First, talk to your doctor and share any health conditions, lifestyle behaviors (such as smoking or alcohol use), and medication or vaccination history that might get in the way
of either getting pregnant or having a healthy pregnancy. To help prevent birth defects of the spine and brain, women should ask about taking 400 micrograms of folic acid every day for a month before trying to get pregnant. Also, getting pregnant at a healthy weight lowers a woman’s risk for developing gestational diabetes and other pregnancy-related problems. A little planning can make a big difference for your baby’s future.

Sometimes, taking risks in life is smart – but not when it comes to your health. Besides skin cancer, breast cancer is the most common cancer affecting women in the United States. It can also be very treatable when caught early. In fact, because of higher rates of screening, more people survive breast cancer today than ever before.

Screenings can check for disease – often before someone even has symptoms. A mammogram, or X-ray picture of the breast, is still the best way to find breast cancer early, when it’s easier to treat. If you are age 40 or older (or think you are at high risk for breast cancer), ask your doctor when and how you should get tested. Some major risk factors include age, hormone replacement therapy use, carrying the BRCA1 or BRCA2 genes, family history and being overweight – especially after menopause. Don’t wait; a mammogram is an important weapon in your battle against breast cancer.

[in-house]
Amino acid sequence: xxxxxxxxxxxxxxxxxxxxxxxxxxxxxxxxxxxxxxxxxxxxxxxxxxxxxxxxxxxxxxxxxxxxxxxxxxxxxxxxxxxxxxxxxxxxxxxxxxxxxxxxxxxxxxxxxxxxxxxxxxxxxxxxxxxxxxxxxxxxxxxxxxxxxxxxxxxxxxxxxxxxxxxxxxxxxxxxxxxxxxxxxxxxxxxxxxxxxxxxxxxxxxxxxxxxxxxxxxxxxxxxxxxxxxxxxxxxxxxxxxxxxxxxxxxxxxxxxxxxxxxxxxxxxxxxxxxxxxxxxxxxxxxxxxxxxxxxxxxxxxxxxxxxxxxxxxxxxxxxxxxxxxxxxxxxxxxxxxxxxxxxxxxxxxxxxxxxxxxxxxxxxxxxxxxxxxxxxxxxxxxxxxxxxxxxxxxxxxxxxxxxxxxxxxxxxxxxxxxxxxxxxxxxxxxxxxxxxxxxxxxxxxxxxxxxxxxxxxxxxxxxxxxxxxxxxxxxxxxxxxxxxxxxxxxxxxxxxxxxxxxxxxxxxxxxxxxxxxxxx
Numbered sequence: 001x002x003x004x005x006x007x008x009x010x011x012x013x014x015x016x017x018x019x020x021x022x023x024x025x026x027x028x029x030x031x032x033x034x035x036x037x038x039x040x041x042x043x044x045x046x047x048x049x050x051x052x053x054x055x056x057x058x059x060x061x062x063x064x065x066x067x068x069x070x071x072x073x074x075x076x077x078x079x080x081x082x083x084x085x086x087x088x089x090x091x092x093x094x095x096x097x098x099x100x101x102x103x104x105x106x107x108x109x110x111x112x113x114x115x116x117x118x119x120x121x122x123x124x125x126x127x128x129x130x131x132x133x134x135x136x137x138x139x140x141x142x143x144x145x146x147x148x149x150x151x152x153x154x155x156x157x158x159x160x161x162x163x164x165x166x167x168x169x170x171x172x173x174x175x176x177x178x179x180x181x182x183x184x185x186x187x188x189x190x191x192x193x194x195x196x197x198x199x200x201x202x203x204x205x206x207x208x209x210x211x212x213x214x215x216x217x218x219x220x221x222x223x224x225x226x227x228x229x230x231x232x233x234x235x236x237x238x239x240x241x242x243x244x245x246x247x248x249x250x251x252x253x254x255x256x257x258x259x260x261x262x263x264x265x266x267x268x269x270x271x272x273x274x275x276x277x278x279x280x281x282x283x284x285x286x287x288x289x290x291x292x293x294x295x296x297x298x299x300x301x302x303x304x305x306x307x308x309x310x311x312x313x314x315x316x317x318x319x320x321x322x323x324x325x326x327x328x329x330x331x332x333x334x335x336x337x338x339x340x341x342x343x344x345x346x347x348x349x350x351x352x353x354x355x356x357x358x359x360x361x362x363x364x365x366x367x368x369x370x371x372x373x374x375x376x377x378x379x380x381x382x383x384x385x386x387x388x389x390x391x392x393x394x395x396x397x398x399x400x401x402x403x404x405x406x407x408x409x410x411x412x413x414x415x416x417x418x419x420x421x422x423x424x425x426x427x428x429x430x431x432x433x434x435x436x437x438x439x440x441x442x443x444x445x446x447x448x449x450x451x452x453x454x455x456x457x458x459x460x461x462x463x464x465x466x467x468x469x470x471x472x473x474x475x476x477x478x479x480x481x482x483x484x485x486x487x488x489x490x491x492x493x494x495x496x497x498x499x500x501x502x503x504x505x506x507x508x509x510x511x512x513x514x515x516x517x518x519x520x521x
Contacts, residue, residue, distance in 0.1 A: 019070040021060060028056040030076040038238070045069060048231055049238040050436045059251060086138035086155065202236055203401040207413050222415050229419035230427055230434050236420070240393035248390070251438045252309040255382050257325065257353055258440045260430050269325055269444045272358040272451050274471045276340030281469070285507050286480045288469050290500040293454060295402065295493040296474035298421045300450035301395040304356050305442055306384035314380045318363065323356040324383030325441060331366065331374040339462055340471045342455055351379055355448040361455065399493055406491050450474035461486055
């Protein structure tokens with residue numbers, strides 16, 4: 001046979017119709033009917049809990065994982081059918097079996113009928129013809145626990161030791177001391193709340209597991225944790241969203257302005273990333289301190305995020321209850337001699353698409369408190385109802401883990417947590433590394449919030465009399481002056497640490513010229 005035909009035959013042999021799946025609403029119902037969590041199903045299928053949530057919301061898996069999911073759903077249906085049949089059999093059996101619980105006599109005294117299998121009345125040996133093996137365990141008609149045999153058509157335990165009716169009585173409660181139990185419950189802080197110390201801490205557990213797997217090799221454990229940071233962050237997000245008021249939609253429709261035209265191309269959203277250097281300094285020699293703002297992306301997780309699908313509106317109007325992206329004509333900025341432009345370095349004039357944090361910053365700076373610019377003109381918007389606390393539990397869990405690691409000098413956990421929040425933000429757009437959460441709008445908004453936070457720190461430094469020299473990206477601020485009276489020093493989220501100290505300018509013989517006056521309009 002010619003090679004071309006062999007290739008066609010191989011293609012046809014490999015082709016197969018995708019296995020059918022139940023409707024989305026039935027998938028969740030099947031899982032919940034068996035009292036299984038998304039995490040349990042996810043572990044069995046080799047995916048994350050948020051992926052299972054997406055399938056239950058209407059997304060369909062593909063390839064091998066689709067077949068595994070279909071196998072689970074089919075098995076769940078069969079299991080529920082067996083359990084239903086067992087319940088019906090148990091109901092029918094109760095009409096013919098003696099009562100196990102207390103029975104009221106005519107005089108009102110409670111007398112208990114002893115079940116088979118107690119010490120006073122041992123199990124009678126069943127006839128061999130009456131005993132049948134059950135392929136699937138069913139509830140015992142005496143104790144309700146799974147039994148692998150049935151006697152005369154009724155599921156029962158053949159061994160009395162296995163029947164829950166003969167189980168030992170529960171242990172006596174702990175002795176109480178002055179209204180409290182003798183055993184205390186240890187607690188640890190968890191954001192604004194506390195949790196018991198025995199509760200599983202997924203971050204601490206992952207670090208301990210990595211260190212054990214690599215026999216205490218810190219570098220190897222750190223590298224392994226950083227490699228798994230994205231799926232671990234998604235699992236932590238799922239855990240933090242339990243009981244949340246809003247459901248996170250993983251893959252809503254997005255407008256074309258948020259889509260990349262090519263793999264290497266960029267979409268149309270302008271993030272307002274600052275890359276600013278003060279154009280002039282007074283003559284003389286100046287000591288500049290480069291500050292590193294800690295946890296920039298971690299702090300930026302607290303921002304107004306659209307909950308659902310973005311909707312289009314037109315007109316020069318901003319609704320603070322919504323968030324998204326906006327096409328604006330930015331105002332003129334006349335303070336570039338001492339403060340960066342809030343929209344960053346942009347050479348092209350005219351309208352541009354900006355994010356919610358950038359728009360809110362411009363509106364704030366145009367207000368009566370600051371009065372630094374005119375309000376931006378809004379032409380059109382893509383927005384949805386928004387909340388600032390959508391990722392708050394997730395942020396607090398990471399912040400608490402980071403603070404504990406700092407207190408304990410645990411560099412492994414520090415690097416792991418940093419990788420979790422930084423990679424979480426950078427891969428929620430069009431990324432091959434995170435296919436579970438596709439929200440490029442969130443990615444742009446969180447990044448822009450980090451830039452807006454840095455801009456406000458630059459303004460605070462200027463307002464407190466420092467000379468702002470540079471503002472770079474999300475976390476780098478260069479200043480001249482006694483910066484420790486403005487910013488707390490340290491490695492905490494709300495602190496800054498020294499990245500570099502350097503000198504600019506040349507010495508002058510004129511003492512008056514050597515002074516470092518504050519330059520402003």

You get your calories or energy from what you eat and drink. To maintain a healthy weight, you have to balance your daily calories with how you use them. If you need to lose some pounds, the best approach is a combination of healthy diet and physical activity. And studies show the only way to keep that weight off is to be active on a regular basis.

Different types of activities use up different amounts of energy. How much you weigh and how much muscle you have also makes a difference in how many calories you burn. To see which activities help you get rid of the most calories, go to

Body mass index or BMI is an estimate of body fat based on your weight and height.